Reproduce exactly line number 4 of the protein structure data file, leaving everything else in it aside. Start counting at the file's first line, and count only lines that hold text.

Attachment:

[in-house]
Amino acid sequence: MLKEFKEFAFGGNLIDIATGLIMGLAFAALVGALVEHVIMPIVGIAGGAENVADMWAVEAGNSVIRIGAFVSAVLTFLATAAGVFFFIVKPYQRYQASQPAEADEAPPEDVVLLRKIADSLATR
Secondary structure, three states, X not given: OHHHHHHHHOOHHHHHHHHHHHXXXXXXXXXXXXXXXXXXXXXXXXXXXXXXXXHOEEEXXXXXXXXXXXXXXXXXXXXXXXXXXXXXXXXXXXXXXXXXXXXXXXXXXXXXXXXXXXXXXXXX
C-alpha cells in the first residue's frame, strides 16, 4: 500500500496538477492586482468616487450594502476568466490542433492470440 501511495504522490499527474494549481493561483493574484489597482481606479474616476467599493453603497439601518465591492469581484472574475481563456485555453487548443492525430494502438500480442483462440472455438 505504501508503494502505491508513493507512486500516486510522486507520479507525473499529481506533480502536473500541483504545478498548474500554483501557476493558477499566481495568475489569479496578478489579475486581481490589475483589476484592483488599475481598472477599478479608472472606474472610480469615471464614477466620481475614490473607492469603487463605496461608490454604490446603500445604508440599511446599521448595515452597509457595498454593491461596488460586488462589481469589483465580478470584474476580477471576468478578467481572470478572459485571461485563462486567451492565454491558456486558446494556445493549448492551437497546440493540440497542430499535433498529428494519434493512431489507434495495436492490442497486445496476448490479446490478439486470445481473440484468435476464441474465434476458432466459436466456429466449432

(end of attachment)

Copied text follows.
C-alpha cells in the first residue's frame, strides 16, 4: 500500500496538477492586482468616487450594502476568466490542433492470440 501511495504522490499527474494549481493561483493574484489597482481606479474616476467599493453603497439601518465591492469581484472574475481563456485555453487548443492525430494502438500480442483462440472455438 505504501508503494502505491508513493507512486500516486510522486507520479507525473499529481506533480502536473500541483504545478498548474500554483501557476493558477499566481495568475489569479496578478489579475486581481490589475483589476484592483488599475481598472477599478479608472472606474472610480469615471464614477466620481475614490473607492469603487463605496461608490454604490446603500445604508440599511446599521448595515452597509457595498454593491461596488460586488462589481469589483465580478470584474476580477471576468478578467481572470478572459485571461485563462486567451492565454491558456486558446494556445493549448492551437497546440493540440497542430499535433498529428494519434493512431489507434495495436492490442497486445496476448490479446490478439486470445481473440484468435476464441474465434476458432466459436466456429466449432